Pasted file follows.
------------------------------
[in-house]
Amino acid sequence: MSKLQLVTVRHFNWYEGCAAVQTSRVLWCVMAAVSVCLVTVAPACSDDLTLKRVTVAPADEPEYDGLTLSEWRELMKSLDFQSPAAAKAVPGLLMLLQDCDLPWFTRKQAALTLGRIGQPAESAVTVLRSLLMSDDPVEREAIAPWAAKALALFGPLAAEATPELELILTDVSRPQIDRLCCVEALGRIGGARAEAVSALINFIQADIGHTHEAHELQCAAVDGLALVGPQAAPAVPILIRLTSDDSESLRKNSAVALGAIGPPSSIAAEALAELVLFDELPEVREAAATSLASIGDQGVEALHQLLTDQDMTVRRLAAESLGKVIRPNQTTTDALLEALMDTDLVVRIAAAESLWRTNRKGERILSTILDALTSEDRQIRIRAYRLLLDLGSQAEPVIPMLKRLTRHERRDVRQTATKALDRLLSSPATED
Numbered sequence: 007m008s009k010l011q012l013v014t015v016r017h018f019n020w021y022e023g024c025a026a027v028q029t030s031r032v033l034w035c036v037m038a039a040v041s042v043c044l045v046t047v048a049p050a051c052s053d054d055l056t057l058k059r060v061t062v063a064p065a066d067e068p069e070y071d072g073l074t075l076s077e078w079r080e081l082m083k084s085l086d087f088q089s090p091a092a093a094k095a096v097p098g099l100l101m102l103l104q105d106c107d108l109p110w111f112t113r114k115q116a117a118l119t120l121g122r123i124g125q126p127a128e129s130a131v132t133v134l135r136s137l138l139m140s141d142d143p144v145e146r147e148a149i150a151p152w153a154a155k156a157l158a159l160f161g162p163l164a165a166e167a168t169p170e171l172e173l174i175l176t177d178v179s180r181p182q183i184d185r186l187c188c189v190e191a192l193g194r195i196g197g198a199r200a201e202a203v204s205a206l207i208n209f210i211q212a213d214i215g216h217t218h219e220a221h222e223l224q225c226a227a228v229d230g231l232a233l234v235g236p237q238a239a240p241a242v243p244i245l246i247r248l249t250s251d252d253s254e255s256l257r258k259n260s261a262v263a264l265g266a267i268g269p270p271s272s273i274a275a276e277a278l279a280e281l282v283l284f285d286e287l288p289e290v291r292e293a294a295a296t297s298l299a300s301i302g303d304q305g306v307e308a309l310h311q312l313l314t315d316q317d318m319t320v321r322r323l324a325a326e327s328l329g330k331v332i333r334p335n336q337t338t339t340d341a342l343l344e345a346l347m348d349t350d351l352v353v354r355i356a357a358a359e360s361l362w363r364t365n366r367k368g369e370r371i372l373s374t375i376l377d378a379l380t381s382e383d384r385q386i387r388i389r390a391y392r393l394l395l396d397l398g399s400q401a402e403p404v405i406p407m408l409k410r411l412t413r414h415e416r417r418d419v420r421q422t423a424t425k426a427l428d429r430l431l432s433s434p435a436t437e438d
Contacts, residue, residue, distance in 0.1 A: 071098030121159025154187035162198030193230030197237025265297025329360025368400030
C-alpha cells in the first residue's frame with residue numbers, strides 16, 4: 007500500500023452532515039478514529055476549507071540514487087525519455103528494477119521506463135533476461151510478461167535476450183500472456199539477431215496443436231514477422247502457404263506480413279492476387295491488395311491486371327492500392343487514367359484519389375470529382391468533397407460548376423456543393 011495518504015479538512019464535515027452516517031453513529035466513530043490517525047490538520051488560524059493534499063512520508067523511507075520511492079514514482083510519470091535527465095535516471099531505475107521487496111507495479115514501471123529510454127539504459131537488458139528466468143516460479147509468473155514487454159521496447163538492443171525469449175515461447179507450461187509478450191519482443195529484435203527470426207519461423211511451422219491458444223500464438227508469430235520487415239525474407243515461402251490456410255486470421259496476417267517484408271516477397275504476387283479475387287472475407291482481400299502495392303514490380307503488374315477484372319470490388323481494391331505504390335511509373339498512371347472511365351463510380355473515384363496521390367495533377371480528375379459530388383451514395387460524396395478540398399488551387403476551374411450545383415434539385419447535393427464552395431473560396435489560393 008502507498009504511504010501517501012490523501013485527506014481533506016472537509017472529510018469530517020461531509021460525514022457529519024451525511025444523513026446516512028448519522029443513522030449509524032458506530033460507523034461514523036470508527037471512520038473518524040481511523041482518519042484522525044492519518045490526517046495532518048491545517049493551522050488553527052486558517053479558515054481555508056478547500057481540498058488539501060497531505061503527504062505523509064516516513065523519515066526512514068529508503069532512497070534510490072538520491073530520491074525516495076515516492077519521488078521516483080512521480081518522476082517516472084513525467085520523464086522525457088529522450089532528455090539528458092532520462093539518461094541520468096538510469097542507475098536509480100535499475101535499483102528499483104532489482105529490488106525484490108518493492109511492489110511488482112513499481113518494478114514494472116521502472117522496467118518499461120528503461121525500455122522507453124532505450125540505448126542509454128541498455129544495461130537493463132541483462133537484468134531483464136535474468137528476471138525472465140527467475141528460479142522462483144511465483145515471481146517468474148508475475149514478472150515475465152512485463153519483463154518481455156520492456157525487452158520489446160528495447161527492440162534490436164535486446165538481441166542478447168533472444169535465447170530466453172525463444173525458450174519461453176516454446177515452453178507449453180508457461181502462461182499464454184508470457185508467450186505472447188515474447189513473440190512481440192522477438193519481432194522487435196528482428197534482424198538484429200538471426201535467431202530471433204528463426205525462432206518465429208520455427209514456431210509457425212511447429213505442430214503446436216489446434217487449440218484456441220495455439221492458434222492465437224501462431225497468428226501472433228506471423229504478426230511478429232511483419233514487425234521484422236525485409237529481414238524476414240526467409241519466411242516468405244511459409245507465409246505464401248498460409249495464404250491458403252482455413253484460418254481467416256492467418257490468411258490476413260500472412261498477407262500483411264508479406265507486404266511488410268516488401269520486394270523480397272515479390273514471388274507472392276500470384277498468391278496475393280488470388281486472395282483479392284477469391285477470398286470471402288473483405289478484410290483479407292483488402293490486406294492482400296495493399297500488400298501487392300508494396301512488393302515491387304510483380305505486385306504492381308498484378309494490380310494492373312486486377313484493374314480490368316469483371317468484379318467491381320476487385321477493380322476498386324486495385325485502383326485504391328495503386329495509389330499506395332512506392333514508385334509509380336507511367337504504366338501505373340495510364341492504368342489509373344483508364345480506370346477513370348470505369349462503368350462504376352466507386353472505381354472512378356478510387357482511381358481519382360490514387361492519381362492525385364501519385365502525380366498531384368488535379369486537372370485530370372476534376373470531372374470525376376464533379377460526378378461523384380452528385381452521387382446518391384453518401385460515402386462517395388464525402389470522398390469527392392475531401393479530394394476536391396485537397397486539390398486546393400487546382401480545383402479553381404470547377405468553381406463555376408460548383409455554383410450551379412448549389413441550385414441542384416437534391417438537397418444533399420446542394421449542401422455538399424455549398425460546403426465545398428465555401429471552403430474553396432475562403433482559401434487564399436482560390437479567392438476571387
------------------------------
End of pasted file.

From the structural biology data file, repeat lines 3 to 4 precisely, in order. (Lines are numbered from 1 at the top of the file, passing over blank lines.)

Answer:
Numbered sequence: 007m008s009k010l011q012l013v014t015v016r017h018f019n020w021y022e023g024c025a026a027v028q029t030s031r032v033l034w035c036v037m038a039a040v041s042v043c044l045v046t047v048a049p050a051c052s053d054d055l056t057l058k059r060v061t062v063a064p065a066d067e068p069e070y071d072g073l074t075l076s077e078w079r080e081l082m083k084s085l086d087f088q089s090p091a092a093a094k095a096v097p098g099l100l101m102l103l104q105d106c107d108l109p110w111f112t113r114k115q116a117a118l119t120l121g122r123i124g125q126p127a128e129s130a131v132t133v134l135r136s137l138l139m140s141d142d143p144v145e146r147e148a149i150a151p152w153a154a155k156a157l158a159l160f161g162p163l164a165a166e167a168t169p170e171l172e173l174i175l176t177d178v179s180r181p182q183i184d185r186l187c188c189v190e191a192l193g194r195i196g197g198a199r200a201e202a203v204s205a206l207i208n209f210i211q212a213d214i215g216h217t218h219e220a221h222e223l224q225c226a227a228v229d230g231l232a233l234v235g236p237q238a239a240p241a242v243p244i245l246i247r248l249t250s251d252d253s254e255s256l257r258k259n260s261a262v263a264l265g266a267i268g269p270p271s272s273i274a275a276e277a278l279a280e281l282v283l284f285d286e287l288p289e290v291r292e293a294a295a296t297s298l299a300s301i302g303d304q305g306v307e308a309l310h311q312l313l314t315d316q317d318m319t320v321r322r323l324a325a326e327s328l329g330k331v332i333r334p335n336q337t338t339t340d341a342l343l344e345a346l347m348d349t350d351l352v353v354r355i356a357a358a359e360s361l362w363r364t365n366r367k368g369e370r371i372l373s374t375i376l377d378a379l380t381s382e383d384r385q386i387r388i389r390a391y392r393l394l395l396d397l398g399s400q401a402e403p404v405i406p407m408l409k410r411l412t413r414h415e416r417r418d419v420r421q422t423a424t425k426a427l428d429r430l431l432s433s434p435a436t437e438d
Contacts, residue, residue, distance in 0.1 A: 071098030121159025154187035162198030193230030197237025265297025329360025368400030